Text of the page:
DNA Applications In Medicine
DNA technology is an exciting field nowadays. This is the analysis and manipulation of genetics or DNA material, and scientists are using DNA technology for a vast array of functions and products. A significant part of DNA technology is cloning; that’s the process of earning multiple identical copies of a gene. Cloning can bring to mind exciting sci-fi movies. But cloning gives us vaccines, pest-resistant plants, heart attack treatments as well as entirely new organisms.
DNA technology has also had a significant influence on the agriculture, pharmaceutical industry, disease treatment. And even in crime scene analyses. Let’s take a more profound look at the consequences of DNA technology on our world and the applications of this critical area of study.
Recombinant DNA is a kind of DNA assembled in the lab. It’s generated by moving selected pieces of DNA from one organism to another.
Genetic technology is utilized for many different functions in research, medicine, agriculture, and business. The technology is essential because it enables the creation of multiple copies of genes. The insertion of foreign genes to other organisms to provide them new traits, such as antibiotic resistance or a new color.
One of the first systems in which the technology has been set up was to reform microbial cells to create foreign proteins. The technology aided the production of individual proteins on an unprecedented scale at minimal cost, thereby opening the way to study the use of proteins in more comprehensive detail and to their therapeutic practice.
By 2001, more than 80 recombinant DNA-related products recommended for vaccination and for treating illness, and an added 350 recombinant DNA-based medicines were reviewed for efficacy and safety. The technology is also an essential instrument in agriculture, used to enhance plants’ resistance to insects and boost crop yields.
While the structure of DNA was first discovered in 1953, it was to take another two decades before scientists could create recombinant DNA.
This was aided by the realization from the 1950s that plasmids. Little mobile parts of DNA could replicate in enormous quantities separately of chromosomal bacteria DNA and that they could carry genetic data.
It was this process that provided host bacteria the potential to inherit new genes and new functions like resistance to antibiotics. Another essential tool for producing recombinant DNA was the discovery in the 1960s. From the American biochemist Stuart Linn and Swiss microbiologist Werner Arber that bacteria could shield themselves from attack by viruses that the creation of endonucleases, called restriction enzymes, which might seek out one DNA sequence in a virus and cut it in one place.
This procedure limited the reproduction of viruses and therefore, the elimination of virally infected bacteria. The primary constraint enzyme, Escscherichia coli K, was separate and refined in 1968. By Robert Yuan and Matthew Meselson at Harvard University. Two decades after Hamilton O Smith, Kent Welcox and Thomas Kelly at Johns Hopkins University isolated. And characterized the initial site-specific restriction enzyme, afterward named HindII.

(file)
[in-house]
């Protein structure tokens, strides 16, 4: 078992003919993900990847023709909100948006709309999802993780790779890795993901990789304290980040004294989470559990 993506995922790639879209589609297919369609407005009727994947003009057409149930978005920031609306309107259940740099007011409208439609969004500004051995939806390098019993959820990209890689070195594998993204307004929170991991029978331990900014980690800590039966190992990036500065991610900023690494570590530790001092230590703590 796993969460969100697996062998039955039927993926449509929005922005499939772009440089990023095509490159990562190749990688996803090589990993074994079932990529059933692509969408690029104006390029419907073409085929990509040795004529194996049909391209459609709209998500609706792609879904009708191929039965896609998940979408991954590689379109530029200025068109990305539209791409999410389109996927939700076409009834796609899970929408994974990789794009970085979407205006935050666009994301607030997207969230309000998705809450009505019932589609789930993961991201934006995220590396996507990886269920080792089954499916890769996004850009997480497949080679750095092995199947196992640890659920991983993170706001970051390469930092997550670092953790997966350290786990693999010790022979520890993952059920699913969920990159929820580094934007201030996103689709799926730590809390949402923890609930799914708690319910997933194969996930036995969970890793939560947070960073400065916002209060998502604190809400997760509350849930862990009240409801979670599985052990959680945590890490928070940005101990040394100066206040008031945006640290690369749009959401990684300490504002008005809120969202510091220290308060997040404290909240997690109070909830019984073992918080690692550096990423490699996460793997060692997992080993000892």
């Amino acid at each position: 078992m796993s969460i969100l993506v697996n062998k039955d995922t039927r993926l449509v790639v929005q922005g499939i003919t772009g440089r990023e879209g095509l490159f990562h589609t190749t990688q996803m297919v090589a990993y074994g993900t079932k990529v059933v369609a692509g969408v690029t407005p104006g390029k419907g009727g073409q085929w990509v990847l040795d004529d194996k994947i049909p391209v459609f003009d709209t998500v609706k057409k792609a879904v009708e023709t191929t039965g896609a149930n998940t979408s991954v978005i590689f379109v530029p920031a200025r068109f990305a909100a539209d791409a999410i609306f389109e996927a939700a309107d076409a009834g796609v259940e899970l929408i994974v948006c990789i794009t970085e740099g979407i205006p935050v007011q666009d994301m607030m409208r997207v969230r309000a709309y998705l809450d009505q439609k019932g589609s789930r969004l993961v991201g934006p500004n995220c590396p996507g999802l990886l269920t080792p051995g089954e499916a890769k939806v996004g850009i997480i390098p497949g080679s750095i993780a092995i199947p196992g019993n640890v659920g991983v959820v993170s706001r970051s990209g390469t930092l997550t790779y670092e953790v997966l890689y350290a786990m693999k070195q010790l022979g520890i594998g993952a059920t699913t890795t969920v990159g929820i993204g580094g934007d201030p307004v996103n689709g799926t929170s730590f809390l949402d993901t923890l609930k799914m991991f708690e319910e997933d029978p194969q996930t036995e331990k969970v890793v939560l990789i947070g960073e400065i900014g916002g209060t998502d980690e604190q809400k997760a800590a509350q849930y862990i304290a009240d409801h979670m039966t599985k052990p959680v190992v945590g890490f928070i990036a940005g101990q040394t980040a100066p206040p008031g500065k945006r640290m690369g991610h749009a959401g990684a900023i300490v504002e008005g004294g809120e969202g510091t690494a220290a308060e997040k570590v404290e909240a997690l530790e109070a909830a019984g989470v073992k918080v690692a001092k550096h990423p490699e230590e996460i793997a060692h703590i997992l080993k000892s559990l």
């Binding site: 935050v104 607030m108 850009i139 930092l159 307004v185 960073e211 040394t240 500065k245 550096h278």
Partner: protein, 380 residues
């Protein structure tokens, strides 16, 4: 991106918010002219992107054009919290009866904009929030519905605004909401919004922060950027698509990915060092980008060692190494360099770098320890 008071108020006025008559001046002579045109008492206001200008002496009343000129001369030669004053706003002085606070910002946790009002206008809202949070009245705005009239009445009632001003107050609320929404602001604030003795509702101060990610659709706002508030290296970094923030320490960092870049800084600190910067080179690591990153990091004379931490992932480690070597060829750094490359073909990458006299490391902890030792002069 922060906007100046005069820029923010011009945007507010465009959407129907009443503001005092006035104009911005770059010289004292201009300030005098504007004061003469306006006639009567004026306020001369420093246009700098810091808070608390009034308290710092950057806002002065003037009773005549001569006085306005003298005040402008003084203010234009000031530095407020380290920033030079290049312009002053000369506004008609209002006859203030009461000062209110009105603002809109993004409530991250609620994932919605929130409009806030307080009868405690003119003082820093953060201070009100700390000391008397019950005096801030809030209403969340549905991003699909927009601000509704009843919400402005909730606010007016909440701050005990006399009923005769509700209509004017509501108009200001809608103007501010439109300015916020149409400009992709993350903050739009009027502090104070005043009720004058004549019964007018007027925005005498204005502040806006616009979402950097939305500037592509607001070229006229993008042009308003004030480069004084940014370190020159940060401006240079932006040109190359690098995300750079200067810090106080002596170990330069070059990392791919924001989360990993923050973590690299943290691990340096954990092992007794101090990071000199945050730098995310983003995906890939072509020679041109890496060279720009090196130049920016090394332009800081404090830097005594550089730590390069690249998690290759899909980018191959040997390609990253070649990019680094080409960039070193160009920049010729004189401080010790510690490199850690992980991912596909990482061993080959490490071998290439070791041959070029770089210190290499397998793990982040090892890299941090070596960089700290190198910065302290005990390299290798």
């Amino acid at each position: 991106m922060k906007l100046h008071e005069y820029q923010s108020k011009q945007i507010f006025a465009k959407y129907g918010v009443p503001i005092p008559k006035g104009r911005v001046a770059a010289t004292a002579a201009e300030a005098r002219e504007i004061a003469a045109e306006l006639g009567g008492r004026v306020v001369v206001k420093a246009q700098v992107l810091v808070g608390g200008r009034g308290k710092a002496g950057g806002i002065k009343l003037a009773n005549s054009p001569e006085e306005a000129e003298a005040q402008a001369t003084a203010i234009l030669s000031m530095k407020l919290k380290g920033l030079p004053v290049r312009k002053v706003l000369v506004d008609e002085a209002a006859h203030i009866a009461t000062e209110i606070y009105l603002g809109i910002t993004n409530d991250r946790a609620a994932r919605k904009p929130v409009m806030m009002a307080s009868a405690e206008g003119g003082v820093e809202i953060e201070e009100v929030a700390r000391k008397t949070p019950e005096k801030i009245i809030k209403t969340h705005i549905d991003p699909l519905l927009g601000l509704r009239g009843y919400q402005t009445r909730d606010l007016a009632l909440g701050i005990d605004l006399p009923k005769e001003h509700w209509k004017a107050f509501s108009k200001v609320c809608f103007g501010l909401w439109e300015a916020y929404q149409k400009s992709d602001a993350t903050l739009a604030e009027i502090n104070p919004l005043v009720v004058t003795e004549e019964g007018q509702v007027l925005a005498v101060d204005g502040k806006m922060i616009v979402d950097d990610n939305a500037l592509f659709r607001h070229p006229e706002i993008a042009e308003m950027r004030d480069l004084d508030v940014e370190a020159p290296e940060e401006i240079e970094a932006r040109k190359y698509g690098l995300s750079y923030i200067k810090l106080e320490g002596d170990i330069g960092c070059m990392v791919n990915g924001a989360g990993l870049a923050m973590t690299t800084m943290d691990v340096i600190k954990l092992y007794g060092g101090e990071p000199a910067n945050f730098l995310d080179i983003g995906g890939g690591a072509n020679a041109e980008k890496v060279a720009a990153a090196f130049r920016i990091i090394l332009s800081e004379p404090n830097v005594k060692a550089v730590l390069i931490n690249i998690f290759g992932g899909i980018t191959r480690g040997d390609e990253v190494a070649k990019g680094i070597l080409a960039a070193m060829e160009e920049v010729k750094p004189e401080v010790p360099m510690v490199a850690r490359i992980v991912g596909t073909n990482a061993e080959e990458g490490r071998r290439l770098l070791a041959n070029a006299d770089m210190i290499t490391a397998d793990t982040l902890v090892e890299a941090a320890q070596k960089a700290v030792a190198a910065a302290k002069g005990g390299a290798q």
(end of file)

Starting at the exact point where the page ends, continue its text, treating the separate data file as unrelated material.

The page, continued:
This was shown by Daniel Nathans to be a valuable tool for cutting and pasting particular DNA segments. The first protocol for producing recombinant DNA was set forward in the early 1970s by Armin Dale Kaiser Peter Lobban and at Stanford University Medical School. In 1971 Paul Berg added to Stanford University, described the usefulness of splicing and recombining genes for the first time. Two decades later, Herbert Boyer and Stanley Cohen, based respectively at Stanford University and the University of California in San Francisco, successfully implanted recombinant DNA into bacteria for replication.
Gene cloning has a distinct range of applications. Where it has proven especially useful has been in mapping out the human genome, the development of transgenic animals, and the growth of insect-resistant plants.
It is also critical to genetic tests carried out in forensic science and archaeology as well as in tests for determining hereditary disorder and paternity. The technology also builds the backbone of HIV and hepatitis diagnostic tests.
Recombinant DNA technology has also shown essential to the production of vaccines and protein treatments like human insulin, interferon, and human growth hormone. Additionally, it is utilized to make clotting factors for treating hemophilia and in the development of gene therapy.
Pharmaceuticals and Medicine
DNA technology and gene cloning are all essential to the pharmaceutical industry and medicine. DNA technology is used to help detect genetic diseases, such as Huntington’s disease and sickle-cell disease.
Since these diseases are carried from one generation to another, people who have such conditions can be identified (usually even before birth) and be treat before symptoms appear. DNA technology is also crucial to developing vaccines.
Vaccines are harmless variations of a pathogen, like a virus or a bacterium. Vaccines may be used to ‘trick’ your body into battling the harmless variation so that if you’re exposed to a harmful variant of the pathogen, you’ve already built up defenses.